“Are there any other sights you want to see?” Jenny asked as they strolled lazily through Central Park, feeding the birds.

“I can’t say that there are,” Trey said, tossing birdseed to a flock of people-friendly pigeons. Others flew over instantly from a variety of directions, looking for a handout. Their wings made a ruffling sound that carried with the wind.

Jenny tossed a fistful of seeds and laughed at the way the silver birds battled over the goodies.

“I was thinking maybe we could go to dinner this evening,” Trey said unexpectedly.

“Dinner,” Jenny repeated. She’d promised Michelle they would have their own small Christmas that evening, since her friend would soon be heading home for the holidays. Jenny’s schedule at the restaurant had changed a number of times with other girls needing time away. She’d worked all the extra hours she could. The only night she’d been free in nearly two weeks had been the evening of the Christmas potluck. Surely Michelle would understand.

“I’ll need to check with Michelle first.” She didn’t tell Trey the reason, because another, more intrusive thought immediately came to mind.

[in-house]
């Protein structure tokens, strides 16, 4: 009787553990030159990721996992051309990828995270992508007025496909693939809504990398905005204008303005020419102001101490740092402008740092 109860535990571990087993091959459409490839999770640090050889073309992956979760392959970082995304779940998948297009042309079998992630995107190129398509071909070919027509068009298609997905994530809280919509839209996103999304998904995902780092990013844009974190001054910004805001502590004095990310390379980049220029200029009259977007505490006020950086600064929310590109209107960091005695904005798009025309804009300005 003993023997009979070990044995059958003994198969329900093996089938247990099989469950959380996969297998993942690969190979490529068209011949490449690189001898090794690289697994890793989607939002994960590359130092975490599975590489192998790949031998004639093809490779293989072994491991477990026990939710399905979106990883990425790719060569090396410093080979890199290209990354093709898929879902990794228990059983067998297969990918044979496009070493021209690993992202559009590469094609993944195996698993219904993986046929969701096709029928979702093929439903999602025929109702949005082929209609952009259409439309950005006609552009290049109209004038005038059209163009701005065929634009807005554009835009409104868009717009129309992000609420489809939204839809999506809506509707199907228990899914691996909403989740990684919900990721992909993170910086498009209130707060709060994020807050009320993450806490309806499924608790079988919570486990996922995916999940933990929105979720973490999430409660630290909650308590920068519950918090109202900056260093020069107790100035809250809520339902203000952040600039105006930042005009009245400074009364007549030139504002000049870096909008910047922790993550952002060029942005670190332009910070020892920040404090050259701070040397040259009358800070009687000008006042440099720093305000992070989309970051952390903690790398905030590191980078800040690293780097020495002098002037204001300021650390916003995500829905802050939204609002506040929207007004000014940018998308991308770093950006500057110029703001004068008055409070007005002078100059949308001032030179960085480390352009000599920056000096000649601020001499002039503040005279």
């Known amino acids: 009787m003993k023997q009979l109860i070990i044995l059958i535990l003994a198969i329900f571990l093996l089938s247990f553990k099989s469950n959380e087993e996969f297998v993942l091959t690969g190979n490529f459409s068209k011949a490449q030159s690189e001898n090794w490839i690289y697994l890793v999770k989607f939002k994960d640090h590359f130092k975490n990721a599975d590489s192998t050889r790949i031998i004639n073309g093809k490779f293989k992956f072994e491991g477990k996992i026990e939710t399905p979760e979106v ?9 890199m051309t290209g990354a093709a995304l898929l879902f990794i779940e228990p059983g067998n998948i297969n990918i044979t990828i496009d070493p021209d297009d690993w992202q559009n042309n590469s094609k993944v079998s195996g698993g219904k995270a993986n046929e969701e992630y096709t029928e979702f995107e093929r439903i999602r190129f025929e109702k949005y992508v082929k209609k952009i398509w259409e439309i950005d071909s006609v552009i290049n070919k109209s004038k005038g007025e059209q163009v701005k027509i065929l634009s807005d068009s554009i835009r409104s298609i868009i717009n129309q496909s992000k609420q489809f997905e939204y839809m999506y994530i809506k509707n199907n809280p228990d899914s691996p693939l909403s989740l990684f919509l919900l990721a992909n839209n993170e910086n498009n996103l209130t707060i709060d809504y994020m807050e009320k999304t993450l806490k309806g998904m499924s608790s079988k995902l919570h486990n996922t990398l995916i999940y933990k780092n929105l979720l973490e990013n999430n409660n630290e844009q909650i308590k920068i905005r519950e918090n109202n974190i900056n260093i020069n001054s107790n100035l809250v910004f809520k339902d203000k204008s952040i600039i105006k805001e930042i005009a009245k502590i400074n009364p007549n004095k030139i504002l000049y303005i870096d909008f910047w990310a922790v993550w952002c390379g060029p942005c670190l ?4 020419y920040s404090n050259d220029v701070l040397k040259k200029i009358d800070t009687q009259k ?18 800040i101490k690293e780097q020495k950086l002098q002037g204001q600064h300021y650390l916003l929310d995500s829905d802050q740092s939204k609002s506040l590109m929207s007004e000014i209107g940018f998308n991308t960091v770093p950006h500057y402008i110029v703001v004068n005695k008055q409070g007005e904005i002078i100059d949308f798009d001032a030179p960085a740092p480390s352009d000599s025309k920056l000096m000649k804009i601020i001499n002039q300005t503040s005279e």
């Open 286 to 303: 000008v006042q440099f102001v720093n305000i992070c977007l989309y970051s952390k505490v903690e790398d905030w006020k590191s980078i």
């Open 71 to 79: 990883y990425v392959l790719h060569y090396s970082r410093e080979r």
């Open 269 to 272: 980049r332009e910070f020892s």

Trey was going back to Montana.

Dinner would be his way of telling her good-bye. An empty feeling, one that chilled her heart, came so swiftly it felt as if someone had slapped her viciously across the back.

“When’s your flight?” she asked point-blank.

Trey didn’t answer her right away, and she thought he might not have heard her. “Two days’ time.”

So she was right.

“I can’t stay any longer, Jenny. I’d like to, but I’ve got a herd of cattle to worry about, and I can’t leave Pete alone much longer.”

“I understand.” If anyone could appreciate his need to return, it was she. After all, she was a rancher’s daughter. That Trey had stayed in New York this long was something of a surprise. Just when she was growing accustomed to having him with her. Just when her heart felt whole again. He was going to leave her. “Maybe you’ll be able to visit again soon,” she said, fighting to disguise the ache in her heart. Next time. The only way she could deal with his leaving was to look into the future and the promise of his return.

The birdseed gone, Jenny experienced the need to sit down. She walked over and sank onto a park bench.

Trey joined her. “When will you be able to talk to Michelle?”

For a moment Jenny didn’t know what he was talking about. “Soon,” she said, and then remembered Trey had asked her to dinner. A fond farewell dinner. A “gee, but it’s been swell” good-bye dinner.